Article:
The name of Rajasthan brings to the mind rippling sandy dunes, swirling colourful skirts dotted with mirror work and pots balanced on the heads of peeping veiled women.
There are also hills and forests in this large state of India that had once been parceled out among royal kings. History says that once upon a time the land was fertile but with the change in geological structure of the earth the mythical River Saraswati dried out.
The trickle that is the Ghagra today is said to once a part of the Saraswati. The only lone hill station in Rajasthan is Mount Abu that hosts the famous Jain temple of Dilwara. Predominantly a Hindu state, Rajasthan is dotted with temples and legends of yester years when the Rajputs put up a strong formidable resistance to Muslim invaders.
The story of Rajasthan would be incomplete without a walk through Bishnoi villages. Few hundreds of Bishnois sacrificed their lives to stop a local ruler from destroying trees. Generally the kings maintained awesome forest reserves for their gaming and hunting.
As a result the region is a treasure trove of diverse flora and fauna. The Ranthambore and Sariska Tiger Reserves, the Desert National Park and the Bharatpur Bird Sanctuary are famous internationally. All part of the story that is Rajasthan in natural splendour are the water lily and lotus, the peafowl, the tree pie, the dung beetle and the looper caterpillar as well as the cobra and viper – only a few among many.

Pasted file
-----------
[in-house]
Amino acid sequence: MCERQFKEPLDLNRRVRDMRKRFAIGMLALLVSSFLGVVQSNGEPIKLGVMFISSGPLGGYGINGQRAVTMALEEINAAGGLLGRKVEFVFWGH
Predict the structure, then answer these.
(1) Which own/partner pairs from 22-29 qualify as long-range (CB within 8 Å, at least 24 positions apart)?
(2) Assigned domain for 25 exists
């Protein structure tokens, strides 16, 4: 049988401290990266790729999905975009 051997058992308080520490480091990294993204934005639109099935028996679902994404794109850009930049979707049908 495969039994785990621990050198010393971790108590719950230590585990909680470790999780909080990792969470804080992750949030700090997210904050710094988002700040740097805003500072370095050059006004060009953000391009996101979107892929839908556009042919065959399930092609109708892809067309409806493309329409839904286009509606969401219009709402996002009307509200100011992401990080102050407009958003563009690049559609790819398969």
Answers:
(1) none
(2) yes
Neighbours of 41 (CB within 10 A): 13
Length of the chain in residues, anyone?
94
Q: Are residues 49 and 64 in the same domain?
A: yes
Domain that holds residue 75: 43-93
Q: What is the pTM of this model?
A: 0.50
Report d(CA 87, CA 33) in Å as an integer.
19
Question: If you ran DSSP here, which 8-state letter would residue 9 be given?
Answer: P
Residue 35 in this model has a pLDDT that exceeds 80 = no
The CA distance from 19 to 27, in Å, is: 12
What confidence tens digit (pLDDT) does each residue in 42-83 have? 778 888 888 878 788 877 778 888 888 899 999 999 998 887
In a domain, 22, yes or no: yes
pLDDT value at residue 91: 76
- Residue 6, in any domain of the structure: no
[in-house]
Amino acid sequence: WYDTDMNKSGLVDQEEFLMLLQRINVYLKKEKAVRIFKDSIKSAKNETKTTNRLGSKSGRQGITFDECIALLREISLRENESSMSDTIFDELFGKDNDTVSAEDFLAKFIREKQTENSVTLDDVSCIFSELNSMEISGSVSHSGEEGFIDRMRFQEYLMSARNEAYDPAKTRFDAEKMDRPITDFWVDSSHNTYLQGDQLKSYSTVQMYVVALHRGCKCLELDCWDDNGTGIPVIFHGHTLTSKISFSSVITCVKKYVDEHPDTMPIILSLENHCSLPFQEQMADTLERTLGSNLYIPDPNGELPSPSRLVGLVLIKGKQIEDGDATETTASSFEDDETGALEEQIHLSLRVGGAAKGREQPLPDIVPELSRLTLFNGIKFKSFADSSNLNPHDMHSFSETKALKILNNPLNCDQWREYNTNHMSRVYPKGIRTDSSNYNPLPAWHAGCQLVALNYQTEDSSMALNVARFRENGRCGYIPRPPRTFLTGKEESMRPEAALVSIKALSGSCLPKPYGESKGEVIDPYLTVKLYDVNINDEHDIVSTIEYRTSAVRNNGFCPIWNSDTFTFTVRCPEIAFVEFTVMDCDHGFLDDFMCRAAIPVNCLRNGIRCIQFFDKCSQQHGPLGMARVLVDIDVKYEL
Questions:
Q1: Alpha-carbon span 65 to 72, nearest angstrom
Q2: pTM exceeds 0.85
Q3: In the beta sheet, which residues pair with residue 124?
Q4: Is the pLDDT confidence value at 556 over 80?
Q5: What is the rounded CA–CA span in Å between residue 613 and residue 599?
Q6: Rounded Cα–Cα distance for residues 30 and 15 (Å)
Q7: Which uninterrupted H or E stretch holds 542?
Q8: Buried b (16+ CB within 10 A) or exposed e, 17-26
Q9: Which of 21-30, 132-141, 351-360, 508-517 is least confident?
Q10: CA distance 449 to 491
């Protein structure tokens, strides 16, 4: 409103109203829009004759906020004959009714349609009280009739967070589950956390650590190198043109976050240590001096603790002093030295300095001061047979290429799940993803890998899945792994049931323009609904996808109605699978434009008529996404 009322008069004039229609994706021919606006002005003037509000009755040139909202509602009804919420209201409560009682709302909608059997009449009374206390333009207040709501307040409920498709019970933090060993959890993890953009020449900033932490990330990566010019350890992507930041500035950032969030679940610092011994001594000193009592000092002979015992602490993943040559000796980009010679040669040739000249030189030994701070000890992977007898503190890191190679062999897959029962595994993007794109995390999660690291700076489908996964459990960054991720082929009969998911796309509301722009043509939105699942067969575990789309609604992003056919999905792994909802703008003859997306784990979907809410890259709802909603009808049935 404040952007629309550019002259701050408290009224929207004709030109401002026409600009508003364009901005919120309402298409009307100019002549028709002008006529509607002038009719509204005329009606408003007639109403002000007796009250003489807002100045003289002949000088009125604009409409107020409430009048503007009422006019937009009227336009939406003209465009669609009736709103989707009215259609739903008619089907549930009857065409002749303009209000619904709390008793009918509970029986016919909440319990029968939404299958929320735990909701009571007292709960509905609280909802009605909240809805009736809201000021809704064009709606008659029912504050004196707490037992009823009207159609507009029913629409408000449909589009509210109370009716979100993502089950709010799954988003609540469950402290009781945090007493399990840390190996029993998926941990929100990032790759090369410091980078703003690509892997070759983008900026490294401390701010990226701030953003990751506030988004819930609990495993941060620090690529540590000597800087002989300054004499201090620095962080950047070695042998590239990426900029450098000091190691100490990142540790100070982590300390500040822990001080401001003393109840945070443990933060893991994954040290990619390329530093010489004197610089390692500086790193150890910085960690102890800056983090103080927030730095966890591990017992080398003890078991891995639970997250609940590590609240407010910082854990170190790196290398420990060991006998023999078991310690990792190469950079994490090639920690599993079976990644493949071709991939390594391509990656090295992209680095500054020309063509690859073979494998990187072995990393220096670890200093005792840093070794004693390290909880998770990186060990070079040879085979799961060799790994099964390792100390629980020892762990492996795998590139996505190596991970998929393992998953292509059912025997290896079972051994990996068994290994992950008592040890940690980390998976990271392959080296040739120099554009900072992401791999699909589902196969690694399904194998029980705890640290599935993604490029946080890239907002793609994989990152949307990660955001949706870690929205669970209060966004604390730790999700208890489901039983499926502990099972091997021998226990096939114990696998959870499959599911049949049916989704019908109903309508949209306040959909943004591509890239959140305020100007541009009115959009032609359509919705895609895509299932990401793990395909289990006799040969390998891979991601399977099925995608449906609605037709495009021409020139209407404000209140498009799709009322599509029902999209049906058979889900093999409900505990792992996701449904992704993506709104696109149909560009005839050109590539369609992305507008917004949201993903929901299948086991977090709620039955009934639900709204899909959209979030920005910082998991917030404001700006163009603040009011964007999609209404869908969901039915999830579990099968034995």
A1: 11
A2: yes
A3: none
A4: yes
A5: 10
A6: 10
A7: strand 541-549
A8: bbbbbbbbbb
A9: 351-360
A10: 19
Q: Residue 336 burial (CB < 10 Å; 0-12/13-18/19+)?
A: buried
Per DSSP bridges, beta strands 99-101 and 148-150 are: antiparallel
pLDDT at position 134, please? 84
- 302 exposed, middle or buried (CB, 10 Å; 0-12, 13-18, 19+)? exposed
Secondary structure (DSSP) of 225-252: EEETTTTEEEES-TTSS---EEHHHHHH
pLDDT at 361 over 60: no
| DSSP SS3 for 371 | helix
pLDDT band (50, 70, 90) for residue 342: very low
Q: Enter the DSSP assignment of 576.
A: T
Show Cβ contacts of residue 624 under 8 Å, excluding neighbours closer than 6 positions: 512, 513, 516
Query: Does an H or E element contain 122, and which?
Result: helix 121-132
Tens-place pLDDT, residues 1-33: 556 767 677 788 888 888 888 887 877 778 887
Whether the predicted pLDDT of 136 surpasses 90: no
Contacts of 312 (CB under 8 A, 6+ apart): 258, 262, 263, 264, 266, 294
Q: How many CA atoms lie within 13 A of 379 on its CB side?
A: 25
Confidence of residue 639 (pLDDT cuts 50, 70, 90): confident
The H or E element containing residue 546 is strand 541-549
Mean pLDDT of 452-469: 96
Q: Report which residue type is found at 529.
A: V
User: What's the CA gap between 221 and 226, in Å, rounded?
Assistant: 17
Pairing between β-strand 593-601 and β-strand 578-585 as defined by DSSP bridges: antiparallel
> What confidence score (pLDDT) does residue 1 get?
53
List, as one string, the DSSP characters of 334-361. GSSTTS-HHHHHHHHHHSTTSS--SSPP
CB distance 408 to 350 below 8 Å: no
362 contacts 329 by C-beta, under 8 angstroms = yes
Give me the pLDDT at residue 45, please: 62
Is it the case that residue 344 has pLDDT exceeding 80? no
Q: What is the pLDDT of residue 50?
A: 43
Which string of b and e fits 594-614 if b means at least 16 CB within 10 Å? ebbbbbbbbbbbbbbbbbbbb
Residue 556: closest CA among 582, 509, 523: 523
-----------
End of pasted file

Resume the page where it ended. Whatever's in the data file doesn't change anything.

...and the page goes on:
A click online will connect the interested to innumerable package tours to suit all tastes and pockets. One of the best trips is a drive to Khuri village about 45 km east of Jaisalmer. It still retains its original flavour with clusters of thatched huts and people moving around in traditional clothes.
The Meherangarh fort rises up from the hills. According to legend it was built on the advice of a hermit. The houses are mostly blue in the adjoining area – this being the colour of the stone. Inside the fort are many palaces built up by generations of rulers. There is also a cannon rampart.
En route to Udaipur one halts at Ranakpur where there are Jain temples dating back hundreds of years.
The temple has 29 halls supported on 1,444 pillars – no two pillars being alike. There are fine friezes and sculpted statues. The lake city of Udaipur will take the breath away and the call of Rajastjan might make the visitor want to go on lingering the visit to take in and absorb the land of the kings and gods.